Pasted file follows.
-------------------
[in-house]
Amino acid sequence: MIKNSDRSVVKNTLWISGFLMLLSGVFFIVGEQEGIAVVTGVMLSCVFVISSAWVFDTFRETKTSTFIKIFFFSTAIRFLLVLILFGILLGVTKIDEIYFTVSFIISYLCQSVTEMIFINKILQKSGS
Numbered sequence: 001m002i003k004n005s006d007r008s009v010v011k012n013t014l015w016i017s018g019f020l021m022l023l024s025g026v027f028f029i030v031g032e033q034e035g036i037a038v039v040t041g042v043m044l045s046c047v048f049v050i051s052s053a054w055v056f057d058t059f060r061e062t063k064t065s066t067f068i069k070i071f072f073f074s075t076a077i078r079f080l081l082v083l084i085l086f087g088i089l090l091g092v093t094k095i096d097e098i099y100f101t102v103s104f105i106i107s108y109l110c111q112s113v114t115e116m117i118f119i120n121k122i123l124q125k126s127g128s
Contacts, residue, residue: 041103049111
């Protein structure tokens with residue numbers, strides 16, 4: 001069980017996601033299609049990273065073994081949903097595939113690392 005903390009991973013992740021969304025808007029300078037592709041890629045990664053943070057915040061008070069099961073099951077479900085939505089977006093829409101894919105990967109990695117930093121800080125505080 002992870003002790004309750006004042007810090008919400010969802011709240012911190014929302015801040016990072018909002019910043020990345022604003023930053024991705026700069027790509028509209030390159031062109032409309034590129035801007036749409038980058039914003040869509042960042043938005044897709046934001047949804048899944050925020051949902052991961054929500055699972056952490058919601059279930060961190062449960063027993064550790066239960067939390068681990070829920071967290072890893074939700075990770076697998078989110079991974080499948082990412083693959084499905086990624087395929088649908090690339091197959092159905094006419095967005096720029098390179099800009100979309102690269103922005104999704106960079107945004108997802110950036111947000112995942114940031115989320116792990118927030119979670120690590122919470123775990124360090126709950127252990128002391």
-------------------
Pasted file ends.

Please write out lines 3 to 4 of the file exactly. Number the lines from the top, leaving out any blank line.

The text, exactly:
Numbered sequence: 001m002i003k004n005s006d007r008s009v010v011k012n013t014l015w016i017s018g019f020l021m022l023l024s025g026v027f028f029i030v031g032e033q034e035g036i037a038v039v040t041g042v043m044l045s046c047v048f049v050i051s052s053a054w055v056f057d058t059f060r061e062t063k064t065s066t067f068i069k070i071f072f073f074s075t076a077i078r079f080l081l082v083l084i085l086f087g088i089l090l091g092v093t094k095i096d097e098i099y100f101t102v103s104f105i106i107s108y109l110c111q112s113v114t115e116m117i118f119i120n121k122i123l124q125k126s127g128s
Contacts, residue, residue: 041103049111